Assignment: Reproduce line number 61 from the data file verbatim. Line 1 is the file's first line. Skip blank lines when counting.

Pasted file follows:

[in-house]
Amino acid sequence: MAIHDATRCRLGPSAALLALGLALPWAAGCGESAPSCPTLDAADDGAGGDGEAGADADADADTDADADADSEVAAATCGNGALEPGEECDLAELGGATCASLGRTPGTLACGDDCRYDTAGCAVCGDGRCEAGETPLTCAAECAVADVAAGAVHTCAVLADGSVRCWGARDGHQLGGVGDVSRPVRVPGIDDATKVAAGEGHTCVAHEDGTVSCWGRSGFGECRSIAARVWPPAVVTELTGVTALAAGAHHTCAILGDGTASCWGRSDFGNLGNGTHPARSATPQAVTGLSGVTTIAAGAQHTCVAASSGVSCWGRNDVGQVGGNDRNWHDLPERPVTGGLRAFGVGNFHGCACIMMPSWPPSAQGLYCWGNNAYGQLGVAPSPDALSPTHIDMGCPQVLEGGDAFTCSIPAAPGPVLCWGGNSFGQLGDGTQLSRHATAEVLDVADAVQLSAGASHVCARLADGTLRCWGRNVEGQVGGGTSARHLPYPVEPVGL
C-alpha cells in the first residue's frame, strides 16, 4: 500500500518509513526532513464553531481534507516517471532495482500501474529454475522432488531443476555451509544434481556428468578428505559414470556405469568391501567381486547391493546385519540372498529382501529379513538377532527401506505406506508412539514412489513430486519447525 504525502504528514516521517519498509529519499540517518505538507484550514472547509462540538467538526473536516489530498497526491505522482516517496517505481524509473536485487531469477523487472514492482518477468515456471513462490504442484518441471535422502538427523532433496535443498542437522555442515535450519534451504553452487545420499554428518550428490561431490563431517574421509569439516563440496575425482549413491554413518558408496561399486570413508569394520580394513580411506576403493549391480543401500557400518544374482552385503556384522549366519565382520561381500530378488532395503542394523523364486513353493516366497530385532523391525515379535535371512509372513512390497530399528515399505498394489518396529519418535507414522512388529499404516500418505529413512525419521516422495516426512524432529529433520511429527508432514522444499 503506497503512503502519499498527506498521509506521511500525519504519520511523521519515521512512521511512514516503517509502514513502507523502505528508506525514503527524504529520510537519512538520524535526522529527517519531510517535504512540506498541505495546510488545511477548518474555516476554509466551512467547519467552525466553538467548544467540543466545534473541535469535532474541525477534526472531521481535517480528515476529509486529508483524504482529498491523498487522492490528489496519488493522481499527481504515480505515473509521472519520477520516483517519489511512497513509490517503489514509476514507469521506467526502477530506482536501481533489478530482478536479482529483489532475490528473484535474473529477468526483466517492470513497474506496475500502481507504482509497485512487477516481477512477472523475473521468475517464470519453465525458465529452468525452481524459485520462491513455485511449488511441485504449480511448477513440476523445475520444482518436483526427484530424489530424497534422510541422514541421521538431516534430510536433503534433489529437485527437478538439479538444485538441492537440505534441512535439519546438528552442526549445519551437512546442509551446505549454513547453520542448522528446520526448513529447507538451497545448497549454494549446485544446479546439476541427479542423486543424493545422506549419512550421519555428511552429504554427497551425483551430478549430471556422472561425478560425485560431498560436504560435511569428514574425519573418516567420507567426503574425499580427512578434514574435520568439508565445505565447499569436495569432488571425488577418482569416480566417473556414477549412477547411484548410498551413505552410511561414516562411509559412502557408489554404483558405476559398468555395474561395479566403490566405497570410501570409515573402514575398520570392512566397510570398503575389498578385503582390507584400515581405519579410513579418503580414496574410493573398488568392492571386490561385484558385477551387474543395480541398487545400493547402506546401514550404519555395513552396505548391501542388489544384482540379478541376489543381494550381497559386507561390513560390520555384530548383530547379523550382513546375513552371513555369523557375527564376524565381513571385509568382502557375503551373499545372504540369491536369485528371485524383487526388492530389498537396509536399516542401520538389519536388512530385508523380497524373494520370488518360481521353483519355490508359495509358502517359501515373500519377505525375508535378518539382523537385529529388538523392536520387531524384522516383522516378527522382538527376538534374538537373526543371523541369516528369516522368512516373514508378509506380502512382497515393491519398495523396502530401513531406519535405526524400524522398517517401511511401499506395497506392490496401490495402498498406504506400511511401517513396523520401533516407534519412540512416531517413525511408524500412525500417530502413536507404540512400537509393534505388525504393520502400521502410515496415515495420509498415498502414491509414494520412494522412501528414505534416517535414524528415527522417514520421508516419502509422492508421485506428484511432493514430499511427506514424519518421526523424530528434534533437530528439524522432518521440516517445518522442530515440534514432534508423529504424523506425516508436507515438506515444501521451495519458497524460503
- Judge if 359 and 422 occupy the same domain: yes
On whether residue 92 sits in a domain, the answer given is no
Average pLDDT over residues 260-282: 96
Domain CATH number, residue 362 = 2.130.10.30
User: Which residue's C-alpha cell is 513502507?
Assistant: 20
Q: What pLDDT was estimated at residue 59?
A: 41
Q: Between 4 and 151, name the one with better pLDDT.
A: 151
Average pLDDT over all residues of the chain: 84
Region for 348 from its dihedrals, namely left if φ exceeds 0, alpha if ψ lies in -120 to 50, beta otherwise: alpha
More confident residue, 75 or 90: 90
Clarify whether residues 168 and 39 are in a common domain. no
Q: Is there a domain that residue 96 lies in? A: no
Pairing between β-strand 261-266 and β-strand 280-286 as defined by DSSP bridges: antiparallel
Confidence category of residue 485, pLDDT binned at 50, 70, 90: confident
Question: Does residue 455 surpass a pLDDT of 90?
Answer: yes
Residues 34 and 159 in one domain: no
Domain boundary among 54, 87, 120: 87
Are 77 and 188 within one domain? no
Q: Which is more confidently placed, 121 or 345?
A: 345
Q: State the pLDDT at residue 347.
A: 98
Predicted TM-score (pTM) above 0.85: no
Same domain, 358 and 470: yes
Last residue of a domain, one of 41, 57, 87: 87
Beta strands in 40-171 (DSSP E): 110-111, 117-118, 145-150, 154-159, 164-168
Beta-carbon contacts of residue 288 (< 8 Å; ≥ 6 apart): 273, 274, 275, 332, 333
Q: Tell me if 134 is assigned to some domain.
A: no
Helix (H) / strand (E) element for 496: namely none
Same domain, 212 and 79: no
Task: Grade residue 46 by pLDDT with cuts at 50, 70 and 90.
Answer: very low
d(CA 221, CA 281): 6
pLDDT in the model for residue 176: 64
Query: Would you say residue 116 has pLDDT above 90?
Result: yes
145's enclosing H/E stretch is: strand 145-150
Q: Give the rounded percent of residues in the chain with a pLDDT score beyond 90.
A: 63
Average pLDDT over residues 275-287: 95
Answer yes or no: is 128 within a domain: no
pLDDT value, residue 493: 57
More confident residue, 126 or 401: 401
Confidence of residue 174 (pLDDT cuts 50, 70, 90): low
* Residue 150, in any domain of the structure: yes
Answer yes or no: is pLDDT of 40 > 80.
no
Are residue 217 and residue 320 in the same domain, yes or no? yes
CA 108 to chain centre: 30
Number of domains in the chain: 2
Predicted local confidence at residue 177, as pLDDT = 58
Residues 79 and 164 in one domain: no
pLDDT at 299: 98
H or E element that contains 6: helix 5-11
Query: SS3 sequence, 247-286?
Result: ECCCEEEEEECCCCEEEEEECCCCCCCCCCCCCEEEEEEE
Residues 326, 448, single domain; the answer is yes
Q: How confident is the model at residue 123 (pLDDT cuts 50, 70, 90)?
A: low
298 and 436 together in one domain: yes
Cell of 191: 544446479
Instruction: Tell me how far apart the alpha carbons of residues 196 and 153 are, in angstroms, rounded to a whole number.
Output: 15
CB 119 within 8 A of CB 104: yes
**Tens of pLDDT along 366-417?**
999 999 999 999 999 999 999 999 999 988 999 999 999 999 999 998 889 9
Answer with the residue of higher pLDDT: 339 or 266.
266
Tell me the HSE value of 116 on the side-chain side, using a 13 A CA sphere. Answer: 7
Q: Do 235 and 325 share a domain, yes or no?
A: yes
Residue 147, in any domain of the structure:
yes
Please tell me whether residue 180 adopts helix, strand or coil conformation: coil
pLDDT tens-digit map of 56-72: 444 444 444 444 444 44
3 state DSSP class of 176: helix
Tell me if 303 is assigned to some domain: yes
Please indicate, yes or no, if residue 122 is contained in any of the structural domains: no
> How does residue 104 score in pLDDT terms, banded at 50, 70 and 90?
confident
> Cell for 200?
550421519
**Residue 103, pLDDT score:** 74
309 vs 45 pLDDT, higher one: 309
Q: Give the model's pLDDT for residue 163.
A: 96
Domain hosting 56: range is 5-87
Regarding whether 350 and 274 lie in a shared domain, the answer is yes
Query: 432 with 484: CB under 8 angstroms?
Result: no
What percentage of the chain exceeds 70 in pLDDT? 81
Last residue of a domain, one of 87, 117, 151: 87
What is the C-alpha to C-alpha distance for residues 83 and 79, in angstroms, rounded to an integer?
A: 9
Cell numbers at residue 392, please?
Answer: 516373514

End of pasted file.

pLDDT at 299: 98